Anyone who’s tried driving on roads covered in snow with summer tyres will surely have longed for more appropriate ones before long. Yet the use of winter tyres can even bring a considerable increase in safety in temperatures hovering just under ten degrees.
When changing from summer tyres to winter ones, the familiar rule of “October to Easter” often applies: in October, many drivers switch to winter tyres before changing back to summer tyres again around Easter. In general, sticking to this cycle means you can be fairly certain of getting through the winter comfortably and well prepared. However, drivers shouldn’t just stick blindly to the familiar mnemonic: after all, snow may still fall from time to time as late as April in this part of the world – irrespective of regional differences.
Why winter tyres?
Winter tyres bring clear benefits when driving in cold, snowy and icy conditions. They feature special rubber compounds which are suitable for the cold and contain a high proportion of silica or natural rubber, which also keeps the tyres elastic in low temperatures. After all: the softer the rubber, the better it meshes with the road surface below. This results in greater grip while accelerating, braking and cornering. By contrast, summer tyres harden in the cold, causing the grip to reduce. Winter tyres therefore work better than summer tyres in temperatures of below 10 degrees Celsius.
How do I recognise winter tyres?
Up to the present, winter tyres have predominantly been denoted with “M+S” or similar abbreviations. In spite of this, not all variants bearing the “M+S” symbol were necessarily also true winter tyres. As a result, legislators have since refined the definition of what constitutes a winter tyre. Soon the “M+S” designation alone will be insufficient. Tyres manufactured before 31st December 2017 and marked with “M+S” will only be classed as suitable for winter until 30th September 2024.
Meanwhile, tyres will be designated as suitable for winter by being marked with the “Alpine” symbol (a pictogram comprising a mountain and a snowflake): by contrast to the “M+S” tyres, tyres bearing the Alpine symbol will need to have been compared to a standard model and overcome consistent test procedures and strict criteria.
DIY tyre changes
If you have your tyres changed by the professionals, you will benefit from numerous advantages. At professional workshops, drivers can be sure that their tyres will be changed in compliance with the proper specifications. In addition, most workshops also offer a storage service, meaning that bulky summer tyres don’t need to be stored in the driver’s own garage or cellar at home.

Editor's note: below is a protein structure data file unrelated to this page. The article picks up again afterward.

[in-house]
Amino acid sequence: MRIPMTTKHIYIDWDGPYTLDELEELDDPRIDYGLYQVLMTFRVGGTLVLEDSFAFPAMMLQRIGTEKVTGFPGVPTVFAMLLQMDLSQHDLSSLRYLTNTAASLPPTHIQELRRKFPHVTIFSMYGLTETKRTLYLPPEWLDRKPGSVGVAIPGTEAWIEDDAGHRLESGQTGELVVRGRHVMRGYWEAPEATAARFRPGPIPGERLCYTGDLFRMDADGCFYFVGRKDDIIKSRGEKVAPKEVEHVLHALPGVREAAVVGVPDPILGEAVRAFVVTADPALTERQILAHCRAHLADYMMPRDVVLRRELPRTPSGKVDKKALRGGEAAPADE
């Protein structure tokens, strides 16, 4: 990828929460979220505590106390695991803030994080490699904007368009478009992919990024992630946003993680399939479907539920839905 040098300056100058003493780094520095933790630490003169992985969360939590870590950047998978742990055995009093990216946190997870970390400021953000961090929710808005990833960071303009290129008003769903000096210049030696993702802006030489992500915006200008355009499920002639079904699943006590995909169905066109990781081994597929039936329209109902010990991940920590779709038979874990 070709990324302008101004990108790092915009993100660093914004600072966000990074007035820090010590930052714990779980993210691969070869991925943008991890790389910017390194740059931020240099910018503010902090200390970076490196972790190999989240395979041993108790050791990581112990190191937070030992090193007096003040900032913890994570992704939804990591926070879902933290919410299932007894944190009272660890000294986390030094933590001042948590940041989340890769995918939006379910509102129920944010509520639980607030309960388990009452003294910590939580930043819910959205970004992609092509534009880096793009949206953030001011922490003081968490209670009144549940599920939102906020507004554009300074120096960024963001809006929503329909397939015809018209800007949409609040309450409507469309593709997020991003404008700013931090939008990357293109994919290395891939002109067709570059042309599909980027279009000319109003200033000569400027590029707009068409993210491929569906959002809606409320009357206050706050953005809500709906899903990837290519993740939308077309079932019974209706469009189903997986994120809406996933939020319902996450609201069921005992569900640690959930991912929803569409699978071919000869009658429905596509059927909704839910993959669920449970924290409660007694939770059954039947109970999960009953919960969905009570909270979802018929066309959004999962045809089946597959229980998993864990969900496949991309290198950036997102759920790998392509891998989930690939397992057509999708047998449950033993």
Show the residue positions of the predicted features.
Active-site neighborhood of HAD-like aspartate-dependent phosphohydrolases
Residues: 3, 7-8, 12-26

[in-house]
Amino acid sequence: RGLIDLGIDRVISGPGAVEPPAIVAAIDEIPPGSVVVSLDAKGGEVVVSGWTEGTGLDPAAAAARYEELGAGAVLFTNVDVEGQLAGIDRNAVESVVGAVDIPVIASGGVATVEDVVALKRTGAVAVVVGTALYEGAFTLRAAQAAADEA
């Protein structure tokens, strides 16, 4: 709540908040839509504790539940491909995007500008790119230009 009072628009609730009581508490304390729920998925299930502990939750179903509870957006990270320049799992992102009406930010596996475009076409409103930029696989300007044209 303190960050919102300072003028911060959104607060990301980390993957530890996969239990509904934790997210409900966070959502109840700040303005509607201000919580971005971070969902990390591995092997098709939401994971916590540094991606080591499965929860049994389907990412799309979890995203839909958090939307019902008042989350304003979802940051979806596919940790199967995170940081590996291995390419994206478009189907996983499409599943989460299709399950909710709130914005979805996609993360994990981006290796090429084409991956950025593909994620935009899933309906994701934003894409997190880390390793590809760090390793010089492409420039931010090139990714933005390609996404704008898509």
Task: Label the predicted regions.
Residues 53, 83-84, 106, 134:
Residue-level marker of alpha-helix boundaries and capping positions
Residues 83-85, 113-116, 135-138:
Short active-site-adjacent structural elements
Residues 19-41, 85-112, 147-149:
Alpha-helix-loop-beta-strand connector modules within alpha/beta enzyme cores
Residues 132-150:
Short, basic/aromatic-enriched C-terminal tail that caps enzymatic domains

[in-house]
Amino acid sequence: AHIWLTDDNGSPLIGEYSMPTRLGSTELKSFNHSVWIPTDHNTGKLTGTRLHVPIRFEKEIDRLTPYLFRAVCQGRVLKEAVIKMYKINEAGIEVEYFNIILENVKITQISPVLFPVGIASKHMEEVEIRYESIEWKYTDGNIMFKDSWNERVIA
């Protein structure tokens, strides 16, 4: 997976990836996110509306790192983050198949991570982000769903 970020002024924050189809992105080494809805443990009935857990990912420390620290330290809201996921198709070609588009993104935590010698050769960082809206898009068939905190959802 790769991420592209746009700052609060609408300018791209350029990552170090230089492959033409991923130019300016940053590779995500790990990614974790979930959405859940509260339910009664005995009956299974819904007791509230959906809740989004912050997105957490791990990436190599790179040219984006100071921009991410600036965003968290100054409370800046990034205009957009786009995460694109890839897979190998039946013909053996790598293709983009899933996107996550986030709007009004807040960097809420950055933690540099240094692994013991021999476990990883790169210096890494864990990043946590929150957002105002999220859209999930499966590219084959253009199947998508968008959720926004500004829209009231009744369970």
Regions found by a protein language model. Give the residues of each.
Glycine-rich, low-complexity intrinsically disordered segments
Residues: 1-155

You require the following tools to change the wheels:
- Ratchet wrench or wheel wrench, which is used to loosen the wheel nuts. A simple ratchet wrench is contained in the vehicle tool kit.
- Instead of using the standard vehicle jack contained in the vehicle tool kit, a rolling vehicle jack makes changing the wheels safer.
- You can mark the tyres with chalk. Example: RF for right front or LR for left rear. By doing so, you will know in which position the tyres need to be installed in spring.
- You can use a torque wrench to adjust the torque to which the wheel nuts are tightened. The value you need can generally be found in the vehicle’s log book.
Important: from one winter to the next, the pair of tyres on each axle should be swapped with those from the other axle to ensure even wear.
And what about tyres with a tyre pressure monitoring system?
You can save cash if you change your own tyres. Yet it is strongly advisable to seek out an automotive workshop for cars equipped with a tyre pressure monitoring system.
Since 1st November 2014, new cars have been required to be equipped with a tyre pressure monitoring system (“TPMS” for short). There is a differentiation between two types of TPM system: direct and indirect. The latter uses the existing ABS/ESP sensors. Conversely, the sensors for direct systems must always be checked in addition when the tyres are changed.
In the case of new tyres, the sensors must be “trained” to the vehicle once more due to the fact that there is a new sensor ID or an altered wheel position. Doing so ensures that communication between the sensor and TPMS receiver is free of interference. Using the AirGuard programming/diagnostic device from Herth+Buss, all sensor types can be read out with the greatest ease before being transmitted to the universal Herth+Buss wheel sensors. In general, DIY installation is made more difficult by these new technical requirements. That’s why it’s advisable to seek out a workshop for the tyre change.